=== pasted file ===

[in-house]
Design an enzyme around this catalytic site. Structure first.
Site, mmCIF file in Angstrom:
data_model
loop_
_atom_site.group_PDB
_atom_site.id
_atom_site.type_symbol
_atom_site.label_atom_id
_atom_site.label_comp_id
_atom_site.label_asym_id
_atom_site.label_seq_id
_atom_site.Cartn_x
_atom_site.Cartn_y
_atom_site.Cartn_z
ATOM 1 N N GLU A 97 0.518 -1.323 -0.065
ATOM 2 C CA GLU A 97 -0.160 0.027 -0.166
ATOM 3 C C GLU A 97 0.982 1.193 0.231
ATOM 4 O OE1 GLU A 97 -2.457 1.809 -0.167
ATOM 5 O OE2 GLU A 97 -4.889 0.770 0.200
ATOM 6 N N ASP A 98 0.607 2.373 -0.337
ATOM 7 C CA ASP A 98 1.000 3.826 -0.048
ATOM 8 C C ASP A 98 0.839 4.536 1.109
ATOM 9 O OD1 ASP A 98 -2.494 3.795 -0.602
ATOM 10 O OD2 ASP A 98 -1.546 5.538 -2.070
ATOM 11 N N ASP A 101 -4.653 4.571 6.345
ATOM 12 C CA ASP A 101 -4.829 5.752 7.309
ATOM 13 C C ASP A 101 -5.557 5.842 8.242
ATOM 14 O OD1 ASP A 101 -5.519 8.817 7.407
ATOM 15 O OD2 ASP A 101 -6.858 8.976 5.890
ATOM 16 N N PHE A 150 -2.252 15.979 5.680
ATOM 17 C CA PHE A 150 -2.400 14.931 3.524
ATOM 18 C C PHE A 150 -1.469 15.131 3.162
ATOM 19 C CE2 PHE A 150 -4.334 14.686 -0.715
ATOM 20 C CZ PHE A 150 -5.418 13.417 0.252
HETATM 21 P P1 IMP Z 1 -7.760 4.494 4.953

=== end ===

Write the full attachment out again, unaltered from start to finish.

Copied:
[in-house]
Design an enzyme around this catalytic site. Structure first.
Site, mmCIF file in Angstrom:
data_model
loop_
_atom_site.group_PDB
_atom_site.id
_atom_site.type_symbol
_atom_site.label_atom_id
_atom_site.label_comp_id
_atom_site.label_asym_id
_atom_site.label_seq_id
_atom_site.Cartn_x
_atom_site.Cartn_y
_atom_site.Cartn_z
ATOM 1 N N GLU A 97 0.518 -1.323 -0.065
ATOM 2 C CA GLU A 97 -0.160 0.027 -0.166
ATOM 3 C C GLU A 97 0.982 1.193 0.231
ATOM 4 O OE1 GLU A 97 -2.457 1.809 -0.167
ATOM 5 O OE2 GLU A 97 -4.889 0.770 0.200
ATOM 6 N N ASP A 98 0.607 2.373 -0.337
ATOM 7 C CA ASP A 98 1.000 3.826 -0.048
ATOM 8 C C ASP A 98 0.839 4.536 1.109
ATOM 9 O OD1 ASP A 98 -2.494 3.795 -0.602
ATOM 10 O OD2 ASP A 98 -1.546 5.538 -2.070
ATOM 11 N N ASP A 101 -4.653 4.571 6.345
ATOM 12 C CA ASP A 101 -4.829 5.752 7.309
ATOM 13 C C ASP A 101 -5.557 5.842 8.242
ATOM 14 O OD1 ASP A 101 -5.519 8.817 7.407
ATOM 15 O OD2 ASP A 101 -6.858 8.976 5.890
ATOM 16 N N PHE A 150 -2.252 15.979 5.680
ATOM 17 C CA PHE A 150 -2.400 14.931 3.524
ATOM 18 C C PHE A 150 -1.469 15.131 3.162
ATOM 19 C CE2 PHE A 150 -4.334 14.686 -0.715
ATOM 20 C CZ PHE A 150 -5.418 13.417 0.252
HETATM 21 P P1 IMP Z 1 -7.760 4.494 4.953